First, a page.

Source: Curtis Thompson, Weed Management Specialist, Kansas State University

Two new types of herbicide-resistant grain sorghum originally developed by Kassim Al-Khatib and Mitch Tuinstra, former faculty in K-State Agronomy, are getting closer to the commercial market. This includes ALS-resistant sorghum and Assure II-resistant sorghum. Both of these new traits are non-GMO.

These new hybrids will provide producers for the first time with a means of postemerge annual grass control in grain sorghum. The new traits were licensed to DuPont, which is developing both the commercial lines of these herbicide-resistant hybrids and the herbicides to be used on these hybrids. Other seed companies are working with DuPont to develop their own hybrids that incorporate these traits.

At a demonstration field day in Manhattan on July 13, DuPont unveiled more details.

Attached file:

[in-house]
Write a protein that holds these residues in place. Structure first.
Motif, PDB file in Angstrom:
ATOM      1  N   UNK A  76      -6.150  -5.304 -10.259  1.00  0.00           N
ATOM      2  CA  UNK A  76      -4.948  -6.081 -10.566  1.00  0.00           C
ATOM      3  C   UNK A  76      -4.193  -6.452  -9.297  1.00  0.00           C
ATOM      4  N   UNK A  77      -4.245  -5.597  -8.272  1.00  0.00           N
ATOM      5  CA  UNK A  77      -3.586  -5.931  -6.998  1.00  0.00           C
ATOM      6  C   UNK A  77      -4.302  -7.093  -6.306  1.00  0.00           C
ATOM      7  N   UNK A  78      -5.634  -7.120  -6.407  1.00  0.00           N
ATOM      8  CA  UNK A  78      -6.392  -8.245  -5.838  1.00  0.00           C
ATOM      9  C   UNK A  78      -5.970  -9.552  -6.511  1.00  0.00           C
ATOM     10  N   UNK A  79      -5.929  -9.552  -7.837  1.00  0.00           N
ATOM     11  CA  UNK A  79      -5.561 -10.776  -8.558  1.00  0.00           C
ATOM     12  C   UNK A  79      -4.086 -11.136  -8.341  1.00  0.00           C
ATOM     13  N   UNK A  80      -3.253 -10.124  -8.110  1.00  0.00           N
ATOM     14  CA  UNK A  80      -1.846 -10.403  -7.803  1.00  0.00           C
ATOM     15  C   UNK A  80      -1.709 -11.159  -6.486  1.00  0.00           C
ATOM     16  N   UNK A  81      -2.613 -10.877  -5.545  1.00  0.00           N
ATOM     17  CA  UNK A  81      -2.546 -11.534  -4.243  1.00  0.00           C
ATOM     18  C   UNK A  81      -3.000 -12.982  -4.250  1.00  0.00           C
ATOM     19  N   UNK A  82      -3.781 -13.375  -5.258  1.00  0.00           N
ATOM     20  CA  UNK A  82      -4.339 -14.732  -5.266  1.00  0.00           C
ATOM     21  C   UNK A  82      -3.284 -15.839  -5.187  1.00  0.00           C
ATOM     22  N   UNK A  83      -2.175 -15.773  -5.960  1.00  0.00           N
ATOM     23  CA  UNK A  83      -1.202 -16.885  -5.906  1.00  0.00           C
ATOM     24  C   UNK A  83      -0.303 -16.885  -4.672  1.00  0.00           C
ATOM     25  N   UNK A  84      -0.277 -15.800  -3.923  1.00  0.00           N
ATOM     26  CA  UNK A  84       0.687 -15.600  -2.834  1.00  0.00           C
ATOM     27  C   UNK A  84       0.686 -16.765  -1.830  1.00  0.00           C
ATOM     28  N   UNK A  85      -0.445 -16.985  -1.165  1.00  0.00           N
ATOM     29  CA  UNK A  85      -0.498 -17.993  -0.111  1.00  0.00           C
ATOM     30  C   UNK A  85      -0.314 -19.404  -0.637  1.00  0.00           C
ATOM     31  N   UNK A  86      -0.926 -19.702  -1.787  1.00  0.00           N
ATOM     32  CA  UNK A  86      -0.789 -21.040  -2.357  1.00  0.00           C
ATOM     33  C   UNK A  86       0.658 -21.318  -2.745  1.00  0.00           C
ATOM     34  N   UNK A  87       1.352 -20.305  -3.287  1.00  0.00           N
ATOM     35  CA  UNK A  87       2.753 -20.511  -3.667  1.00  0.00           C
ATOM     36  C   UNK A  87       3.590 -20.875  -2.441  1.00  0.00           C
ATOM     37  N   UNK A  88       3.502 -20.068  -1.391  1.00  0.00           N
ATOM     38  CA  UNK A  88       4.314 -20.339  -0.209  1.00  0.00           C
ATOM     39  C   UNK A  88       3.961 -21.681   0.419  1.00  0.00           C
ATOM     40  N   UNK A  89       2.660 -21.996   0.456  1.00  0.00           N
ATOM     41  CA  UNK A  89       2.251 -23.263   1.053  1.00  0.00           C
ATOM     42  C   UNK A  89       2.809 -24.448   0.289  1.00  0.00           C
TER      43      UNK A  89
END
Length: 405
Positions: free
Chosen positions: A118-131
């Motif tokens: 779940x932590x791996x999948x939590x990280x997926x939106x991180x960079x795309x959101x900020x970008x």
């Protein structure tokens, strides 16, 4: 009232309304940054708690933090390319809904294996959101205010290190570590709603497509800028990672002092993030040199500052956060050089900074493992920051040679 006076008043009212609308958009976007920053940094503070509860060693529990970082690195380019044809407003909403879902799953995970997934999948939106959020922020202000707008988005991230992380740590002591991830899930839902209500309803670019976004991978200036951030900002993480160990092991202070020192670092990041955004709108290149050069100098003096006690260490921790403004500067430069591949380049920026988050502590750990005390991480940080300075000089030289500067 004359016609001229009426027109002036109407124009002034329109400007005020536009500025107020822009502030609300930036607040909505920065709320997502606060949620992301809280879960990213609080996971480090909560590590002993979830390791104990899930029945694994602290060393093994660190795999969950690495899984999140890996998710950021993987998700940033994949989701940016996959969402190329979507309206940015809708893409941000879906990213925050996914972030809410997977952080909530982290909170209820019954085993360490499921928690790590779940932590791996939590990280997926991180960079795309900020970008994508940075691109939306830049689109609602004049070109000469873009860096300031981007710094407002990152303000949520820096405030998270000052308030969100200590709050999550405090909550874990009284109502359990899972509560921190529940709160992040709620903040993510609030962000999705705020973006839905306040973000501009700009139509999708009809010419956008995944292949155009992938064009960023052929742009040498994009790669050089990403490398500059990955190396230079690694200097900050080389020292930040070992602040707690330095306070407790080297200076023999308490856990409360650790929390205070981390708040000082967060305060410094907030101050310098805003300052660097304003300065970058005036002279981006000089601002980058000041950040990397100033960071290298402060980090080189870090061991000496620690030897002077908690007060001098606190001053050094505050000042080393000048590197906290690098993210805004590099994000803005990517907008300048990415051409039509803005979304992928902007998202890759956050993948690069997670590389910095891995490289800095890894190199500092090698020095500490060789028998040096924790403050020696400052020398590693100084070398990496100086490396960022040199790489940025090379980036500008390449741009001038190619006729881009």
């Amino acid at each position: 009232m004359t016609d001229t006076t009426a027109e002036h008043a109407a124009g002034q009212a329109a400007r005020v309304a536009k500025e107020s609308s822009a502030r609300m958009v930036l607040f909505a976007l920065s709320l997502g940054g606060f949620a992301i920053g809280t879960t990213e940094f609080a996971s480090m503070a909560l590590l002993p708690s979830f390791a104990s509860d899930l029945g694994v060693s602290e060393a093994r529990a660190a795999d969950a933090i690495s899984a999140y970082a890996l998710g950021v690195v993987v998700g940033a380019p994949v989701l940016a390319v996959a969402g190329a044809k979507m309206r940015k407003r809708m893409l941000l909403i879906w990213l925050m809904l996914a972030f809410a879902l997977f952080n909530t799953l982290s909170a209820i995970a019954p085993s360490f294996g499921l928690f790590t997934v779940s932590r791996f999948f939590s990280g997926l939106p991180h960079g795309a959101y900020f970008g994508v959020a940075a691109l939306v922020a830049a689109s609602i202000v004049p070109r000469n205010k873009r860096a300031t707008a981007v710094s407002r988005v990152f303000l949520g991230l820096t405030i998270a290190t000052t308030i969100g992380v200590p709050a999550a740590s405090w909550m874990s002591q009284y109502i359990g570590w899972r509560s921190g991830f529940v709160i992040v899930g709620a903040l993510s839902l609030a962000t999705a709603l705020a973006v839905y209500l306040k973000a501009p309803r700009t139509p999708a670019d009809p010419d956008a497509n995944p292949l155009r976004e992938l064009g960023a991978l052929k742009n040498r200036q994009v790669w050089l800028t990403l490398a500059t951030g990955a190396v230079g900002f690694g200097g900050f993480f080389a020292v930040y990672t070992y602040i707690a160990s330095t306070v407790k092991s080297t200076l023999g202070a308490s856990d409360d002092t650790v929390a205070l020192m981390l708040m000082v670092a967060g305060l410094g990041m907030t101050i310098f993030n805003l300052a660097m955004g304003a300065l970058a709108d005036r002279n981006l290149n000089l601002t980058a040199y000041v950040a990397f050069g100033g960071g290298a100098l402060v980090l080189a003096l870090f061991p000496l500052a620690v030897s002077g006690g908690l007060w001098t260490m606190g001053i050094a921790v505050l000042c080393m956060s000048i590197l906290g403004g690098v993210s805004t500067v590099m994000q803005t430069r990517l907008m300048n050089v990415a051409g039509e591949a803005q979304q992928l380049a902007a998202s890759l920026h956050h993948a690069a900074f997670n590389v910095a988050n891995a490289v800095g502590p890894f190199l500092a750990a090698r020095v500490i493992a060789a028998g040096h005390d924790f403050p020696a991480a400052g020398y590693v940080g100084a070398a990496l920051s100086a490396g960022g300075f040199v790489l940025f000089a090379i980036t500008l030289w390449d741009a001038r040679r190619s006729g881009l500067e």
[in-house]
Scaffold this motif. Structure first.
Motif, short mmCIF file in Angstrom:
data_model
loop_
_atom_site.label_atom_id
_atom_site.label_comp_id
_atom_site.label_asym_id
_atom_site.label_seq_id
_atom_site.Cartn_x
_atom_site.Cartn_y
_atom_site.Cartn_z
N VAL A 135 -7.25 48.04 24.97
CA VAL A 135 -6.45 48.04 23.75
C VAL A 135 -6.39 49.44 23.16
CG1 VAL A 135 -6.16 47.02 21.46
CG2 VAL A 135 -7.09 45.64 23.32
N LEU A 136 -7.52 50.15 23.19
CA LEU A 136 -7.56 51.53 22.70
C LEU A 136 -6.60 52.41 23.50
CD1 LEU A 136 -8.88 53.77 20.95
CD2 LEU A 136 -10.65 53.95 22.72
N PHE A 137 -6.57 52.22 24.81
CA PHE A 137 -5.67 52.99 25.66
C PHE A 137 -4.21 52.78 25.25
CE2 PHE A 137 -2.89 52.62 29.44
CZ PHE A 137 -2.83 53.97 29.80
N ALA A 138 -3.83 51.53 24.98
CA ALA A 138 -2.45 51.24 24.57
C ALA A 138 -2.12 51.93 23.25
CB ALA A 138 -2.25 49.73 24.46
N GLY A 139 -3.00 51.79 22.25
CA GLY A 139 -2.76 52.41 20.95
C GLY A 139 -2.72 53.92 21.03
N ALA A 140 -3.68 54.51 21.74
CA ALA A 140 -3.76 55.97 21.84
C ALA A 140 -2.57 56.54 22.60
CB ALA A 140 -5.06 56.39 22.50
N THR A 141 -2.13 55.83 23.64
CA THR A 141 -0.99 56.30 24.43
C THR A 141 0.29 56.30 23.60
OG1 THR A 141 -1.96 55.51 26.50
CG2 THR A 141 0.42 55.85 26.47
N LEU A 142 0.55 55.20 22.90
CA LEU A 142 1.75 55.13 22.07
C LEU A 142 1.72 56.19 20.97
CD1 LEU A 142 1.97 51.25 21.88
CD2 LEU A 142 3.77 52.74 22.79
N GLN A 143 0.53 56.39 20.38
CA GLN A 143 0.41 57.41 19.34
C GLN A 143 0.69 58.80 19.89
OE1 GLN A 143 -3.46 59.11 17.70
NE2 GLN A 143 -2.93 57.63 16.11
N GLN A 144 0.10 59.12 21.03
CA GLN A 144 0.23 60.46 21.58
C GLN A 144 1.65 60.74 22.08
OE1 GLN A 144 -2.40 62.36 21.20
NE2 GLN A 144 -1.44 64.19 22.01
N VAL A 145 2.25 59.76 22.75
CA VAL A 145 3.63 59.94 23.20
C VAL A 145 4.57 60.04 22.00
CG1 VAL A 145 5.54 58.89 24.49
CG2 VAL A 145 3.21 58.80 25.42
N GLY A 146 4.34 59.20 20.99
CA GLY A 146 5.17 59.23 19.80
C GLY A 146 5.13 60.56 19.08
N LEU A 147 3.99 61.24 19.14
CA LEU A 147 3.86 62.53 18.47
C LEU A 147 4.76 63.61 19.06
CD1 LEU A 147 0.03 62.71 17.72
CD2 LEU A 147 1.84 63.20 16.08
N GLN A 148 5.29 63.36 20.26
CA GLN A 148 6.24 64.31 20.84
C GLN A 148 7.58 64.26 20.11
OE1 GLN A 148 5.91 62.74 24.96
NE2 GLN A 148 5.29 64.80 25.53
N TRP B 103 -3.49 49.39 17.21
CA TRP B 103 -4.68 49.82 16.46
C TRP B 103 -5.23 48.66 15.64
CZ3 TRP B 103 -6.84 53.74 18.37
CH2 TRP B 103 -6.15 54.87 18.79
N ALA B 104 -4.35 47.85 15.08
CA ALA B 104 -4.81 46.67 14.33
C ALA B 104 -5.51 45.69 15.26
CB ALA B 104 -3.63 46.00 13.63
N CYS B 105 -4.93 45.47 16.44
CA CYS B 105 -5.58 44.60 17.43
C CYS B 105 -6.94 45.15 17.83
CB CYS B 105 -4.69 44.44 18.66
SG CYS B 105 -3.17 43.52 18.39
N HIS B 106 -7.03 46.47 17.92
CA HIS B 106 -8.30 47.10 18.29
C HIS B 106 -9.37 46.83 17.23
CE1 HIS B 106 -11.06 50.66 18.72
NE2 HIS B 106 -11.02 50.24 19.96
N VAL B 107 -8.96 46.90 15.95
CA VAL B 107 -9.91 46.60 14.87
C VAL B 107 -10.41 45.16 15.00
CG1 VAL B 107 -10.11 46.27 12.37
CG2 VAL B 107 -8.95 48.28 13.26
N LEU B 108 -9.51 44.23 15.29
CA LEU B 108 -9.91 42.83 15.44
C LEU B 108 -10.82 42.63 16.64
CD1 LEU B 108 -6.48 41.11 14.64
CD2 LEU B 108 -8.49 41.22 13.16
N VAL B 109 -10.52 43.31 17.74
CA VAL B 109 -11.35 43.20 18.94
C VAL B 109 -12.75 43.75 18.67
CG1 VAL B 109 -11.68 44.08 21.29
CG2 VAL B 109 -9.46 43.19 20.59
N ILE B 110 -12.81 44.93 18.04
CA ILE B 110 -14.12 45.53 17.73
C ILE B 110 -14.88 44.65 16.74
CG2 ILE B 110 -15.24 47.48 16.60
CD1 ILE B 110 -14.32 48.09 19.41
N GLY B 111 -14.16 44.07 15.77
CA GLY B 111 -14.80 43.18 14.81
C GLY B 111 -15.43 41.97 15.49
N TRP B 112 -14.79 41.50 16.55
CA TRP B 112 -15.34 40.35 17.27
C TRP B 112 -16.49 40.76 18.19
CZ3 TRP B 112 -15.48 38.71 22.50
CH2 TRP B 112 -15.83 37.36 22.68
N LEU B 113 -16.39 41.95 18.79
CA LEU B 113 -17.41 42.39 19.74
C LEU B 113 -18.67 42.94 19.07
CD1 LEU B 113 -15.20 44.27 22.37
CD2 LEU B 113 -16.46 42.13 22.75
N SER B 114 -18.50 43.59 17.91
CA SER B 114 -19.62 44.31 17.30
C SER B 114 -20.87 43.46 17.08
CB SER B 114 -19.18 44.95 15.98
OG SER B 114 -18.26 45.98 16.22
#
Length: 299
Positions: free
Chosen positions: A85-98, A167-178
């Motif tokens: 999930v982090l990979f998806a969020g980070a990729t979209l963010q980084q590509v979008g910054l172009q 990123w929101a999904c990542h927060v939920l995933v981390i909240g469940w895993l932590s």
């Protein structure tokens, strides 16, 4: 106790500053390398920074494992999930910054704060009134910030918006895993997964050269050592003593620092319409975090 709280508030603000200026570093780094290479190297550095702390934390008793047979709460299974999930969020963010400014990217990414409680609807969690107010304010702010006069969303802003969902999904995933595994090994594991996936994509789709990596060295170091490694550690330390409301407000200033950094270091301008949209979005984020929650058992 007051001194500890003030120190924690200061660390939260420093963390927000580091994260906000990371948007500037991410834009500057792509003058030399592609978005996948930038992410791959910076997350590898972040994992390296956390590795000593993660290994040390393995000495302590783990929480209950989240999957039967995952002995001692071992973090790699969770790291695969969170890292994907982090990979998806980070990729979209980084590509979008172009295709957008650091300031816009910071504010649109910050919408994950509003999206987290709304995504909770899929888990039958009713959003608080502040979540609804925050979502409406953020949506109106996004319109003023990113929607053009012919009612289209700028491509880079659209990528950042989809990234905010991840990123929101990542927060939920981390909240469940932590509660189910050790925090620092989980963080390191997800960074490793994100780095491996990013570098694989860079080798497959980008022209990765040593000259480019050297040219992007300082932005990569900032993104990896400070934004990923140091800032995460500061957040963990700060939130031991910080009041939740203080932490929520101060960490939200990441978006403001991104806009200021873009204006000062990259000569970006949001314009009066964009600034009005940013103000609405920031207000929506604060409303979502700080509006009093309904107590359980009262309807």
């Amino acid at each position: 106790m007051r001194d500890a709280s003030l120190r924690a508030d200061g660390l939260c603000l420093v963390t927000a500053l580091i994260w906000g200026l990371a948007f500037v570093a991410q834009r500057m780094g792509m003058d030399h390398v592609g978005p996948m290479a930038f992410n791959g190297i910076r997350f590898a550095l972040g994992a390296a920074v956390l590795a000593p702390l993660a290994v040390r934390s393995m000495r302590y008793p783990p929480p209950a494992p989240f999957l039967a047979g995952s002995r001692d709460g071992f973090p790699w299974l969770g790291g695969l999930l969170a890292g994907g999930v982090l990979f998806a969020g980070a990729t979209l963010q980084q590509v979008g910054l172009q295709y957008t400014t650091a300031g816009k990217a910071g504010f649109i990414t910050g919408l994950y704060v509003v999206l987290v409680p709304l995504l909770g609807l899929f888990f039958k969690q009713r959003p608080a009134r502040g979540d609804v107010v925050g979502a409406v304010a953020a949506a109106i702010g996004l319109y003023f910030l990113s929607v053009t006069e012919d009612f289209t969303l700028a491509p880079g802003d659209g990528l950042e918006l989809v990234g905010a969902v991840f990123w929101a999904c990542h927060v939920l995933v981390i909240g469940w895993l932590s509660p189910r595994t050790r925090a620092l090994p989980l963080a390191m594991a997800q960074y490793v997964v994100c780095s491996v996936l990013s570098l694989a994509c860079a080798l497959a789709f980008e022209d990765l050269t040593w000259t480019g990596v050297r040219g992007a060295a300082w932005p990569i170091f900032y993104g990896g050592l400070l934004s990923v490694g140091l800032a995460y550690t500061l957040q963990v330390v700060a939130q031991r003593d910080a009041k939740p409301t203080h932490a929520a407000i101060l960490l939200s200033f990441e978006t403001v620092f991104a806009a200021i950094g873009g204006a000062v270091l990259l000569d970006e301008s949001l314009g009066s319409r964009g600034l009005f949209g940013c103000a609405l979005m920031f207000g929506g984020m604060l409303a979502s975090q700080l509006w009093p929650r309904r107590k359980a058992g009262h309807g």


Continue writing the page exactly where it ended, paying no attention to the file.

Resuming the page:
The hybrids will go under the name of "Inzen" technologies. The ALS-resistant sorghum will be called "Inzen Z," and the ALS herbicide to be used on these hybrids will be called Zest. The Assure II-resistant sorghum will be called "Inzen A II," and the herbicide to be used on these hybrids will be Assure II.

According to DuPont representatives, the new hybrids and the herbicides developed for use with the new hybrids will be released at the same time. Registration and early acreages of this new technology are scheduled for 2012.

The development of ALS and Assure II-resistance in sorghum was made possible in part by funding from the Kansas Grain Sorghum Commission and the United Sorghum Checkoff Program.